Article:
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Publication numberUS3746494 A
Publication typeGrant
Publication dateJul 17, 1973
Filing dateOct 13, 1971
Priority dateMar 20, 1968
Also published asUS3649727
Publication numberUS 3746494 A, US 3746494A, US-A-3746494, US3746494 A, US3746494A
InventorsF Gauger
Original AssigneePfeiffer Kg F, Pfeiffer Maschf Ettlingen
Export CitationBiBTeX, EndNote, RefMan
External Links: USPTO, USPTO Assignment, Espacenet
Apparatus for making concrete tubes
US 3746494 A
Abstract  available in
Images(3)
Previous page
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Claims  available in
Description  (OCR text may contain errors)

Waited States Patent 1 Gauger 1 July 17,1973

[ APPARATUS FOR MAKING CONCRETE TUBES [75] Inventor: Friedhelm Gauger,Ettlingenweier,

Germany [22] Filed: Oct. 13, 1971 [2]] Appl. No.: 188,823

Related US. Application Data [62] Division of Ser. No. 806,111, March 11, 1969, Pat.

[30] Foreign Application Priority Data Mar. 20, 1968 Austria A 2781/68 [52] 11.8. C1. 425/262 [51] Int. Cl. B28b 1/34 [58] Field of Search 425/117, 254, 260,

[56] References Cited UNITED STATES PATENTS 3,276,091 10/1966 Pausch 425/262 3,096,556 7/1963 Woods 425/262 1,502,509 7/1924 MacTarnaghan.... 425/117 1,616,816 2/1927 Martin 425/460 2,178,015 10/1939 Brunetti.... 425/262 2,193,286 3/1940 LaDue 425/460 2,641,818 6/1953 Eschenbrenner 425/262 Primary Examiner.l. Spencer Overholser Assistant Examiner-John S. Brown Attorney-Werner W. Kleeman [57] ABSTRACT An apparatus for producing concrete tubes using a vertical tubular mold with a rotating piston-like pressing device moving upwards axially inside the mold. The piston-like pressing device is operated in such a manner that as the torque required for rotation of the pistonlike pressing device decreases owing to a decrease in the supply of concrete, the rate of upward travel of the piston is decreased. An impeller is located above the pressing device which can be rotated at a higher speed and in opposed sense with regard to the rotational speed and sense of rotation of the piston-like pressing device.

10 Claims, 4 Drawing Figures 1 APPARATUS FOR MAKING CONCRETE TUBES CROSS-REFERENCE TO RELATED APPLICATION The present application is a divisional application of my copending U. S. application, Ser. No. 806,1 1 1, filed on Mar. 11, 1969 and entitled Making Concrete Tubes," now U. S. Pat. No. 3,649,727, granted Mar. 14, 1972.

BACKGROUND OF THE INVENTION The present invention relates to the production of concrete tubes with the help of a rotating tube forming unit or male mold which rotates in a female mold defining the external dimensions of the tube produced. With such type apparatus concrete is deposited on an impeller on the top of a piston-like pressing device and is thrown radially outward through the action of centrifugal forces.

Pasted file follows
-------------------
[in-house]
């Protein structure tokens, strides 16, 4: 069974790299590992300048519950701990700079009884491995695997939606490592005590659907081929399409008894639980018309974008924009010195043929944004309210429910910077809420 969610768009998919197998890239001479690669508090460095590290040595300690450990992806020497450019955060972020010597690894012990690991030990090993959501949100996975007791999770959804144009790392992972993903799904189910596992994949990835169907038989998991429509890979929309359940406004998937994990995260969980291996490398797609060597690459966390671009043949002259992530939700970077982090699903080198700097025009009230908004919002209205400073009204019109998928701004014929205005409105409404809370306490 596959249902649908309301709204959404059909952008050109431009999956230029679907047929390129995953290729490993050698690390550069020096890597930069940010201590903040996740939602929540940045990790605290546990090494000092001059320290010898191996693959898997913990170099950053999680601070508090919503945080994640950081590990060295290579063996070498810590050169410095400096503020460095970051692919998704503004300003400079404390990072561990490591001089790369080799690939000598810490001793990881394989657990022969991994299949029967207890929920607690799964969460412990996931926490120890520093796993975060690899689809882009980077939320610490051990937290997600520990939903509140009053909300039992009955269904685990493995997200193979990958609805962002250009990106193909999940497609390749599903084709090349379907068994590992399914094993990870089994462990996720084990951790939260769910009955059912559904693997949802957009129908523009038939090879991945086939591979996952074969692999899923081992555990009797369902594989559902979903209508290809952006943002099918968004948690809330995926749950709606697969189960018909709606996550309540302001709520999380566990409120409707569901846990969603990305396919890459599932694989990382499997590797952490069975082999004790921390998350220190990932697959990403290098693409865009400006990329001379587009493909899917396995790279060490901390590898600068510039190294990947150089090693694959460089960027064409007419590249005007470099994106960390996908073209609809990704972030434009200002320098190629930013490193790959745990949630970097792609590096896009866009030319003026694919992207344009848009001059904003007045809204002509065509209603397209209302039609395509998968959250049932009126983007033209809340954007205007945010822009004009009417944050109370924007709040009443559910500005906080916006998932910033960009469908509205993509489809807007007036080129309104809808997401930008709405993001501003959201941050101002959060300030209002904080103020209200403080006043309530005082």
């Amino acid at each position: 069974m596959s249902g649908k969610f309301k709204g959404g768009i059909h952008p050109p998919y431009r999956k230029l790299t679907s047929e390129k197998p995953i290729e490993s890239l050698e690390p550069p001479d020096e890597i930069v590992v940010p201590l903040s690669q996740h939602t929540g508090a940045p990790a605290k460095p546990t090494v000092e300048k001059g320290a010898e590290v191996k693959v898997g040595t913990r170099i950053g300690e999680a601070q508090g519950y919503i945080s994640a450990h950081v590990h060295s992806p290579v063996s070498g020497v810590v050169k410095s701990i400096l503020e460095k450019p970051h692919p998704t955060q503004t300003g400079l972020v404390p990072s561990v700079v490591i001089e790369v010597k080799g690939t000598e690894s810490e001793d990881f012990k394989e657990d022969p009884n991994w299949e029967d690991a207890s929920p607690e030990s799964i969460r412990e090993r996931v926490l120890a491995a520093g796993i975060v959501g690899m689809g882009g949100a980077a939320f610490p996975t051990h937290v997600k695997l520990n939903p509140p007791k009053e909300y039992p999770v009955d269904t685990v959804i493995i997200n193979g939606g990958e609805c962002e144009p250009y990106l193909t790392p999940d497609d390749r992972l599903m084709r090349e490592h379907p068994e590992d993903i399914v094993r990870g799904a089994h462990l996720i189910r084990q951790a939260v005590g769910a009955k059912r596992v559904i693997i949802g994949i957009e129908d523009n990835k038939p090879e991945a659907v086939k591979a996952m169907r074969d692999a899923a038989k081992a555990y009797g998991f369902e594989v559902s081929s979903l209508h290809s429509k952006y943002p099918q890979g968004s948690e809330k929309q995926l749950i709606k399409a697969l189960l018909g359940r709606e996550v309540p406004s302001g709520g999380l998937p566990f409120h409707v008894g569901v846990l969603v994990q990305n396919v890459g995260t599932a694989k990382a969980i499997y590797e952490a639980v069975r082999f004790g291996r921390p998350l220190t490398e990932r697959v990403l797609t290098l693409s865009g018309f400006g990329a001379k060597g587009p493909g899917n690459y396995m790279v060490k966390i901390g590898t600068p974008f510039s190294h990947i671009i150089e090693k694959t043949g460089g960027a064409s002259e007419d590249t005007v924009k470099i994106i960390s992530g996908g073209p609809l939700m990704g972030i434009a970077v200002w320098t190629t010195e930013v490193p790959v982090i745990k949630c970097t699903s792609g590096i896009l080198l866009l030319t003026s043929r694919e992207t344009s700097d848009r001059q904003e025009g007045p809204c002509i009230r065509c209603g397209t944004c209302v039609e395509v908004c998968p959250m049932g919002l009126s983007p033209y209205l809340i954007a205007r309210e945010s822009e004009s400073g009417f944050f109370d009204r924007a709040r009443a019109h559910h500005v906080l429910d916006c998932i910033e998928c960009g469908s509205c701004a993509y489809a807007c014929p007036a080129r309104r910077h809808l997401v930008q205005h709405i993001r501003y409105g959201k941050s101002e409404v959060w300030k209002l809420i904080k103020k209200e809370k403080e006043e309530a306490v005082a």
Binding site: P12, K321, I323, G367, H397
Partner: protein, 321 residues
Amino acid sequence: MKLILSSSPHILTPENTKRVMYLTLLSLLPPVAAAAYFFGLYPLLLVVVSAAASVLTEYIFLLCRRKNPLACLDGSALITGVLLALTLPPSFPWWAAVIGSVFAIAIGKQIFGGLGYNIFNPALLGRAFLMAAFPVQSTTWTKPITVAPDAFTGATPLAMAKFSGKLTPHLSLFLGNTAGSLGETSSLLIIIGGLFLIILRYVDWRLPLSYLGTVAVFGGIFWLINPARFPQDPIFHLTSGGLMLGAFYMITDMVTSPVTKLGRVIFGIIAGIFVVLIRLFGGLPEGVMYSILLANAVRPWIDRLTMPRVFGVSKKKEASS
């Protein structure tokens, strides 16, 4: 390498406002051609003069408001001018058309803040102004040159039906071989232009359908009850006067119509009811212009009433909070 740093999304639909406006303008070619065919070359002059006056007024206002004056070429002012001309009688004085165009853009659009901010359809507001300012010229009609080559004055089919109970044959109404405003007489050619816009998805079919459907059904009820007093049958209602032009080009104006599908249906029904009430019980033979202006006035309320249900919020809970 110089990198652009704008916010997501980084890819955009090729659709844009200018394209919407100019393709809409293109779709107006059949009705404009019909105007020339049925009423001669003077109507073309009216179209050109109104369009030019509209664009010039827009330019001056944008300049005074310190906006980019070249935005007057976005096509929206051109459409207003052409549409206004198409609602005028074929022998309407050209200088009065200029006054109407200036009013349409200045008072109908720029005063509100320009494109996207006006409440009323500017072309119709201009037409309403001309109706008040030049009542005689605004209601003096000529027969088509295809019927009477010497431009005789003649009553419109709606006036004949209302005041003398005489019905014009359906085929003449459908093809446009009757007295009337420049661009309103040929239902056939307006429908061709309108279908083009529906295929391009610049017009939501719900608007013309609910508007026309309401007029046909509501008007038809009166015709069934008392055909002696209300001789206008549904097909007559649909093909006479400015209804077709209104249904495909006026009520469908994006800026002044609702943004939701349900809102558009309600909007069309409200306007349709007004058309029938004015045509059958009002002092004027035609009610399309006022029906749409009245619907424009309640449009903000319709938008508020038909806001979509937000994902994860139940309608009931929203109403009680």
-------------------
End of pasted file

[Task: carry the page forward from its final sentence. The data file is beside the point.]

According to a prior art method of production of the general type and as described in US. Pat. No. 3,096,556, where the tube forming unit is steadily moved upwards as it rotates, it has been found that the degree of compaction of the tube is not constant so that there are present local variations in strength.

Further, previously proposed arrangements, such as disclosed in French Pat. No. 1,231,155 and U. S. Pat. No. 2,64l,818, have been designed to produce concrete tubes with such a rotating tube forming unit having a pressing device which is provided with lateral sliding and sealing runners or rails. This tube forming unit is provided with a piston and a stationary cylinder having a chamber connected with a pressure duct, the pressure in the chamber and the thrust acting upon the runners or rails can be adjusted by setting the spring of a valve in the pressure duct. It has, however, been found that variations in the rate of supply of concrete in the unset condition cause variations in the density of the pipe wall.

SUMMARY OF THE INVENTION Hence, from what has been stated above it will be seen that the prior art is still in need of improved equipment for the fabrication of such tubes which is not associated with the aforementioned drawbacks and limitations of the state-of-the-art equipment. Therefore, a primary objective of the present invention is to provide a new and improved apparatus for the fabrication of tubes which effectively and reliably fulfils the existing needs in the art and which is not associated with the afore-mentioned drawbacks of the prior art construction.

Another and more specific object of the present invention relates to an improved construction of apparatus for the production of tubes possessing a substantially even degree of compaction throughout their entire length.

Still a further significant object of the present invention relates to a novel construction of apparatus for the production of tubes wherein the impeller serving to centrifugally propel unset concrete into a mold can be driven at a greater speed than the speed of rotation of the pressing device located beneath such impeller, to thereby improve upon the admixing of the concrete and its compaction as conditions require.